The Courier News from Blytheville, Arkansas on April 11, 1941 · Page 10
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The Courier News from Blytheville, Arkansas · Page 10

Blytheville, Arkansas
Issue Date:
Friday, April 11, 1941
Page 10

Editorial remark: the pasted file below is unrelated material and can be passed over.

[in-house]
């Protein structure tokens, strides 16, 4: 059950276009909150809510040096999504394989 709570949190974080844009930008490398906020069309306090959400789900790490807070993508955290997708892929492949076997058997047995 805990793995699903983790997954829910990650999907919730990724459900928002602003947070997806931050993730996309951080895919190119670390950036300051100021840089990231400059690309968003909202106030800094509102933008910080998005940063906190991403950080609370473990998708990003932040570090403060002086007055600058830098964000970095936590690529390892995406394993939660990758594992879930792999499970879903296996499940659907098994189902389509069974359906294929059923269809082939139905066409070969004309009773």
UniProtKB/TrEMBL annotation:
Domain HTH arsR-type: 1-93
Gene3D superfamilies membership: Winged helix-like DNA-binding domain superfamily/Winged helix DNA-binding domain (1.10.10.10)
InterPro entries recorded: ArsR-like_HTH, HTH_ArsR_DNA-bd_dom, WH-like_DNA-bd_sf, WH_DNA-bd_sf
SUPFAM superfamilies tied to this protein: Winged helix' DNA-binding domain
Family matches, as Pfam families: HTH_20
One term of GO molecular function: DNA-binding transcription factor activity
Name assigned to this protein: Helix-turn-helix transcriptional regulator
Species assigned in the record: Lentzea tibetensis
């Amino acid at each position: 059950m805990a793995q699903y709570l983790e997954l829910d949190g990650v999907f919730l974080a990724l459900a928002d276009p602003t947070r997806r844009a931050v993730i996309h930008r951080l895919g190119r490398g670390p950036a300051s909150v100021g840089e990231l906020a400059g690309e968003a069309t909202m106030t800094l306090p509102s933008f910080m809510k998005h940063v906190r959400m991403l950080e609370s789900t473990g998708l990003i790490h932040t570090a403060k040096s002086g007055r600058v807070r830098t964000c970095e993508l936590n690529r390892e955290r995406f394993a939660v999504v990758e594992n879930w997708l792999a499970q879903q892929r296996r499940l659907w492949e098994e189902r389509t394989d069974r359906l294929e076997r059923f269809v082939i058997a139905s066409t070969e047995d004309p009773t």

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.BLYTHJEViLLE, _(ARK.) COURIER NEWS THE BLYTHEViLLE COURIER NEWS THt COURIER NEWS CO. H. W. HAINE6, Publisher SAMUEL F. NORRIS, Editor J. THOMAS PHILLIPS, Advertising Manager , Sole National' Advertising Representatives:. Wallace Wilinef Go.-,. New York, Chicago, Detroit, AUanta, Memphis. -Published Every Afternoon Except Sunday . as second class matter at the post- office al Blyth'eville, Arkansas, under act of Con- Si October 9, 1917: Served by the United Press '.SUBSCRIPTION RATES 'By carrier in the City of Blylhevillc, 15c per week, or'GSc per month. By niailj within a radius of 50 miles, $3.00 per year,-. $1.50 for six months, 75c for three months; by mail in postal zones two to six inclusive, $6.50 per year,* in zones seven and eight, $10,00 per year, payable, in advance. Border Settlement Without War Can border disputes be settled only by war? It was a border dispute between Germany and Poland that touched, off the whole present war—reniem- b r e~? the Polish Corridor and 'Danzig? With the slightest will to peace, this could .have been justly settled. Hut the will to peace was absent. > In'r-Colombia and Venezuela it is present. Therefore those two countries of thenorthern "tier of South America have.; been., able to settle amicably a border- dispute which has endured more-than 100 years. These t\vo countries,' worthy adherents of the Western Hemisphere policy of peaceful adjustment, agreed not only on the border line but on the common use oi' the Orinoco : rivei : a"hd other common waterway 1 ^ the same kind of troublesome conflict which and Poland were not able to settle. The United States is proud to be a "good neighbor" to countries which - can provide this real demonstration of what;it ; means for neighboring peoples to live together in sanity and peace. It;is' 'the best possible good omen for the future of' internal peace-of the Aniericas. A Meal, and a Roof, and "Democracy.' 1 cried the ybitng man earnestly, "is three square meals a clay and a roof over your head." \fhe youth forum before which he was. spea'king 'burst into aii approving roar. ' The definition is scarcely accurate, yet it: ill behooves any of the more tof- turiate elders of this youth. with their !sst,sfe"ppei meal twenty years in the bsiekgrbuhd; to laugh off the words. They are too important, and thfc applause which greeted them is too important, for off-laughing. No. Democracy is not three square meals a day and a roof over your head. Slaves; have been well fed and housed with -reasonable comfort, but whatever you might say about their condition, it was hot. democracy. But the fact that, this pat 'definition was not stnetly accurate did not mean that the young man had nothing to say. Ho had-.plenty to say, and people had better listen. ' Three squares and democracy are not-the same living. But the ' question that demands an answer is this- can democracy exist for lonp w i lon perhaps a third of the people do not have the three squares ami.the roof? Forty feet of the foundation at one corner of the First National Bank building fcre not the buildiiigi but if you removed those forty feet of foundation, the building would no longer b£ safe; Economic security, in Other words, is not the same thing as democracy, but a democracy which fails consistently to offer conditions in which the vast majority of people have a high degree of economic security is allowing an important corner of its foundations to crumble. The democratic way of life te a vast, monumental building, the fairest and finest man has yet built: Its foundations and rooms are many—equal political rights, toleration, feM.ricted governmental power, equality of opportunity, no special privileges, freedom of discussion and thought, no permanent class lines, the general underlying feeling deep in every man thtit he wishes nothing that is not available to other men under the simie circumstances, it is greater than merely "three squares a day and a roof." But without those simple elementnls. it can be ashes in the mouth. That is not because men ik) longer prize their freedom above mere comfort, bui simply because they realize that in our United States, there is no sane reason why they should not have both. Did you dine well last evening, and the evening before that, and every evening f 0 f many years before that'? Then do not laugh away this young man's definition of democracy. It is not a very good definition, but it is full of meaning to America. Straw on Winds of Changed •j o Where-, would you imagine* is the most modern- up-to-date* model cotton mill in the wbrlcU New England-, where the textile industry first flowered in the United States? Some southern state where some enlightened employer is pioneering? Germany, proud of its industrial techniques and vaunting its solicitude for the labor soldier? RUssia, where the industries are all al-' legedly run for the workers? No. According to a group of United States industrial research experts now in South America, this model textile mill is on the outskirts of Santiago, Chile, that is significant. It heralds the coming South America, which will not only be a producer of raw materials, but a processor, this trend is inevitable, though it may cut into North American markets for certain distributors'' goods. And this model mill uses all North American cotton, and nearly all North American machinery; South American industry is going to be built in any event, and thus it is ji pleasure to see it being built with North American aid and co-operation. SIDE GLANCES COPR. .1941 BY NU SERVICE. INC. T. M. REG. U. S.PAT. OFF. FRIDAY, APRIL 11, 1941 This is ho time to ask for quotations on Hio defense of the United Stales.--William S. Ktiuri- prh, bfficc of -ProducUbn Management. A strong bond exists already uchvecn the republics of (he Americas. It is only hecessary to help it fioiirish.—President Avila Camacho ol Mexico. There is still rtiUch To b"e done in Mexico, but socially and economically the country has made enormous strides during the past decade.—Chancs H. c. PeaHall. u. S. shipping man. SERIAL STORY DOLLARS TO DOUGHNUTS BY EDITH ELLINGTON COPYRIGHT. 1941 NEA SERVICE, INC. YESTERDAY i Bee I* furlo»« when Mke learn* the merchandise m.-iuatffr hmm atolen \nthb*y'k idea. Hefosiag- to linten to An- ihony'H protect, nhe lends the way <o Mr. Fletcher'* office, runheit in, (It'iuiuidi hit explanation. Fletcher IK cold. "The Idea wjm pboa »o ihc nibre adopted H. There'll mxuinjr more to It. PerkBp* you'd llki- to talk to the general *n- iterliitend^nt.'' Wee flnren: "We wl»J. JVo^r. In (hi* office." * * * WEEMING STEPS IN CHAPTER XXVIII "T^/HAt are you going to do, Bee?" Anthony asked oddly, reaching for the telephone. "You can't call Sheldrake! He wouldn't corne!" "Oh, yes, he will! Take your hand on" the phone." "But Bee, wait a minute—" "What's the matter with you?" Anthony said evenly, "I'd rather you wouldn't." "I bet you'd Fletcher sneered. "We had a little house with a ^lu'dcn years ago—1 can"I % help thinking about it every THIS CURIOUS WORLD * % THE S;A/AE THIN (3-. IT>At_L- DEPENDS ON THE SECTION! OF THE cS IN WHIO^I VOU L.IVE. COCOR-A.DO, E T1AAE, THE ROUR.TH [AAEAABER. OF THE CHIOV5O CUBS' rather!" Mr. "Let her go ahead. Let her call him. Do you think she'd even get to talk to secretary's not that him? His dumb." Beatrice whirled on him. Suddenly all the arrogance of the days before she became Bee Davis was in her small face, in the lines of her body, in the way her voice cut levelly through the stillness. "We've had quite enough from you, Mr. Fletcher. You are not only a thief, and a despicable coward who lives by picking the brains of helpless employes who work under you, but you are also an insufferable bore. 1 dislike being in the same room with you!" She took Anthony's arm. "Come, we'll go to Mr. Sheldrake's office ourselves. I can't bear this person another moment." Mr. Fletcher's mouth hung open. Anthony was looking at her in complete bewilderment. But he walked out with her, obediently. * * * TN" the hall, he said admiringly, "Whew! You certainly laid it on the line that time." Then he said, slowly. "But we can't go to Sheldrake's office, of course." "Why can't we?" She was boiling mad. "If you think Fletcher can hide behind Sheldrake, if you think I'm going to let anyone in this store intimidate me—" "No, no, that's not it at all!" A curious embarrassment crossed his face. "It's just that I'd rather not see Sheldrake." "Why not? You saw Fletcher. You can't give up now." "Yes, but—but . . ." His eyes avoided hers. "Anthony Bradley, are you alraid of the general superintendent?" "No. I'm not afraid. But—" his hands balled up" into fists, "I'm not afraid, Bee. But darn it, the man knows me!" "Knows you? What do you mean?" Anthony looked at the floor. Slow, painful red rose about his collar. He raked his strong fingers through his dark hair. "Helie knows me, that's all. He knows my connections and—and—" "What connections? What are you getting at? Do you mean you knew his son or something like that at school and now you're ashamed for him to find out you've been working here as section manager?" Anthony gulped. "Well, no. Not exactly. The fact is, I—I met him several times in the office of the old man. And he might think— "You mean you met him in the ANSWER: Harry Steinfeldt, third baseman. NEXT: lias Lent always been 40 daysv Mind Your Manners OUT OtJR WAY Ttist your khdwicdjc of cor- social risag-c by answering Ihr foUowihp questions, thm checking' against the authoritative answers below: 1. How might a secrclnry correctly .answer her employer's telephone? '2. How might a motlirr introduce herself lo her child's uv.di- er? 3. It" a man offers his nsM you through school? Your guardian?" "Yes." "But what iias that to do with this?" She pulled at his sleeve. "Are you coming with me, or aren't you?" "Bee, I can't. It would—it might reflect on my guardian." "Reflect on your guardian? Are you out of your mind?" She thought she understood, a moment later. She asked slowly, "Does your guardian do business with tliis store? is that it? You're afraid a quarrel with Sheldrake might result in lost sales?" Anthony had once said he might have pulled strings to manage r promotion here, she remembered "That's what you meant when you said you hated pull? Your guardian could have spoken to Mr Sheldrake. You didn't want him : 'In a way," Anthony adinitle'd uncomfortably. r ri-IERE was a * sound behinc hem. They turned to see Mr Fletcher, brick red, running afte them and shouting, "I called Mi •heiai-ako myself!" he cried. "He's oming right down. You can't get way with this impudent insub- rdination, either of you. Now ou two come back into my office nd see Sheldrake, if that's what ou were so hell bent on." He rubbed his hands together. A nice .state of affairs when n alesgirl from the basement can arge into my office and insult tie! I'll show you." Behind Mr. Fletcher, his secrc- ary stared with round, almost rightened eyes. Doors all along he corridor—the doors of department managers and head buyers nd merchandise men—were flung •pen. Beatrice saw Anthony's chin :ome up. He straightened his boulders, took a long, deep? breath. The muscles at his jaw lunched. But his hand on her rm was steady. For the first time since Anthony old her about Mr. Fletcher's hav- ng stolen his idea, she remembered that Anthony didn't know vho she really was. She could quelch both Fletcher and Shel- Irake. She could blow the whole habby mess wide open. But what vould it do to Anthony? It was too late to back down. She walked back" into Mr. Fletcher's office beside Anthony with a jlank face and high-held head. Carefully, and pointedly, she ivoided any stray contact with the person of the paunchy, prema- .urely triumphant Mr. Fletcher. Anthony drew up a chair for r. He sat down beside her. Mr. Fletcher scrambled around his big desk and stood there behind its protections, breathing hard. A MOMENT later someone roared angrily outside. A tall, burly man in a dark business suit burst into the room. "What's the meaning of. this rumpuSj Fletcher?" he demanded peremptorily. "Have you lost your mind? Can't you handle anything by yourself? Must I be annoyed for every blasted trifle?" He surveyed the two young people sitting against the wall. "Now what the devil is all this?" Then his expression changed. He seemed to be puffing up in a vast and sullen fury. His collar was too tight for his neck. A vein in his forehead bulged. "Oh, so it's you, is it? You whelp! So old man Weeming has been spying on me!" "Weeming?" Beatrice bounced to her feet. "Did you say Weem- ing. Mr. Sheldrake? What connection has Mr. Weeming with Mr. Bradley?" (To Be Continued) is convenient for the guests is correct? ib) Peel that it must be an afternoon party? Answers 1. "Mr, Browns office. His .sccr- retary speaking." . Or "This is Mr. Brown's secretary.'/ 2. "I am Susan Smith's mother." Or "I am Mrs. Smith — Susan's mother." 3. No. Simple speech Ls better. "May I help you?" would be the ( thing to say. j : 4. No. i 5. Yes — even though you may I • never be urged. j j Best "What Would You Do" .so- I < lution (a). \\ by artificial Fire-works and Fireballs." Many years had to pass, however, before dc Lana's prediction was to come tnie ... In the meantime, however, balloons were usec' in warfare but largely for purposevS of observation. Between 1789 and 1799 tho French Army organized the first balloon corps in history. Miles Staudish in Army SYRACUSE, N. Y. (UP)—Another Miles Standish is a soldier. Leigh Miles Standish. descendant of the famous soldier in the Massachusetts Bay Colony, has been drafted from his job as wholesale drug salesman. j Read Courier News want ads. daytime. Sound sleep is equally restful, i_ whether taken at night or in the STAR PERFORMER to a woman who i.s a .stranger should he .say "Permit me to assist you?" 4. Is it good manners, to say. '•'I like Ihc color of your hair this time better than ever before" to a- woman who admittedly dyes her hair? 5. Is it usually h good idcn to wait until urged before bringing out family movies and showing them to guests? What would you do if— You arc planning 10 liivc a .shower for a prospective bride and wonder what hour is correct for n shower — (a) Decide that nnv hour that HIGHLIGHTS FROM LATEST BOOKS LM.AN! HONES KSO GUILTY COMSG5ENJCE / T HAVE FOR MV COUNTRY AMD. AM VERY AMD VET I. TRYJNJ' TO PICK OUT TM IW THAT" MOB- WHV \S THAT? T1- x o \~ IP MV SISTER MERt, SHE'D BE PICK IN' OUTTH' BEST GUY. AN' WE BOTH HAD TH" SAME ANCESTORS/ PICKPOCKETS ANCESTORS SOMEWHERE \VELL, WHY \S VT2 By J. R. William* OUR BOARDING HOUSE with Major Hoople '.•I uS T UNHAND ME A GOOD M*N.» ~~ WE VOu'RE THE OILY HIPPO GONKED MV CUCKOO VDW OOTA 50 £ / r-L>K ^ iv\uu FACTORY/^ WELL, rfoo\VN AND DEBATE TW\G V LARD HEAD, 00 I GET TUS <(' AGREEMENT IM A STATES MANUKA * DOUGH BACK RIGHT NOW, OR DO I )) MANNER, WlTKOOT REPORT OOWN r^TKx-—--^f TO V10LHNCE OR ^ ASPERITY/ 6PERITV \S CiUST TrAB This is a ^ood time to read a history of aviatfrh. >S. Paul .Tolin- stou offers one. graphically written. strikingly illustrated, in "Horizons Unlimited" (DueH, Sloan and Pcarce, Inc., S3.75). Here is the whole story of man's <-onquesl of Ihc air from l)a- Vinri's rrndc drawing of hts "Ornitlioptcr" in Ihr 15th ccn- Un-y to the world's first air travelers — a sSirr.p, rooster a nil a duck in a baloon over Varis. 1783 — and today's newest bomber and straloclippcr. Just a jot of {'its; book is cx- crrptcd here, the story of the Alonk who pn-dirlfd in 1(>70 the horrors of modern air war. A .Jesuit Monk. Francesco cle [ HORIZONTAL I 1, 7 Pictarcd i actress. •12 Smelt • > 'J 3 Step. ' '; 16 Axillary. il7To learc out. '19 Rowing, pa'ddle ; 20 Bang. •21 Sustenance. •23 Of the natiu'c of aloes. •26 Part of a : bird's bill. •28 Wing's. . ^20 Advertisement 31 Male bees. 53 Becomes ; 34 Spain, (abbr.). ' yellow. ; 35Linc. K Sloth. Answer to Previous Puzzle being 10-10 s beat actress. 22 Gaseous clement. 24 Musical note. '25 She is a ancl finished performer. 27 Generalities. 30 Bee. 32 SniaJl hoiiC. 33 Coterie. 34 Salt. 36 Soft mass. 40 Brother. Ltina. \va.s the 1' 1G70) lo make any record of the idea there mi§ht be gases liglitcr than air which, when confined in a suitable f'ont-nincr. mighi float about like a cork on the ocean. HE reasoned that "no" air" iva.s lighter than "some air." and argued that if ha could remove the air. from .spherical containers, those container.^ must inevitably be buoyed upward. He proposed a vacuum balloon con.sisting ot 'our sheet copper spheres 20 feet in diameter. But dc Lana never undertook Ihc construction of a balloon be- causes he concluded that any attempt to Hy in (he of Providence would be impious. He wrote: "God would not .suffer such an invention to take eflcct. by reason of the clislurbanr^ U \vouid cau^c lo the civil government- oi men. For who sees not thai no City car- be secure againM. at lack, since our Ship may at any time be placed directly over it, uncl deyjending down may discharge iSouldiers; that the same it would happen to private Houses, and Ships on the Sea: for our Ship descending 'out. ol tile air lu Uit- .VJwila of the ^ 1 3C2 Ships ... it may ouT-sel them. kill their men, burn tl\cir Ships :37 Silly.. 38'Lava. • 39 Selecting men for Ihc army. !4tTo oblaoi. 542Pound (abbr.). 43 To let fall. '45 To ncconapiish .47 Balance due. 50 Myself. 51 Lieutenant (abbr.). i 5R?sht (abbr.). 44 To primp. (• Field. -5G Medley. 7 Road (abbr.). 48 IMcasuro 8 Helmet- of length, shaped part. 40 \V;md. 0 Exultant. 50 Rodents. 10 Branches. 52 Child. pictures. 11 Senior (ybbr.) 54 Mwrrird G2 She first ] 4 To spoil. 55 Part of a gained fame 15 Body in •is a . IhcVkv. VKP.TICAL 1 8 District, 5(ii Uproar. f'8 To cut oft. 50 Alms box. 01 She stars m 1 Pep •:.(} Sun. 2 Heathen deity. 21 She was 3 Convention;) 1. -—— the 4 Soiled deeply. prize for circle. 50 Room (;ibbr.). 57 Liliaceous tree. 59 Form of •;;»•" GO Measure of area.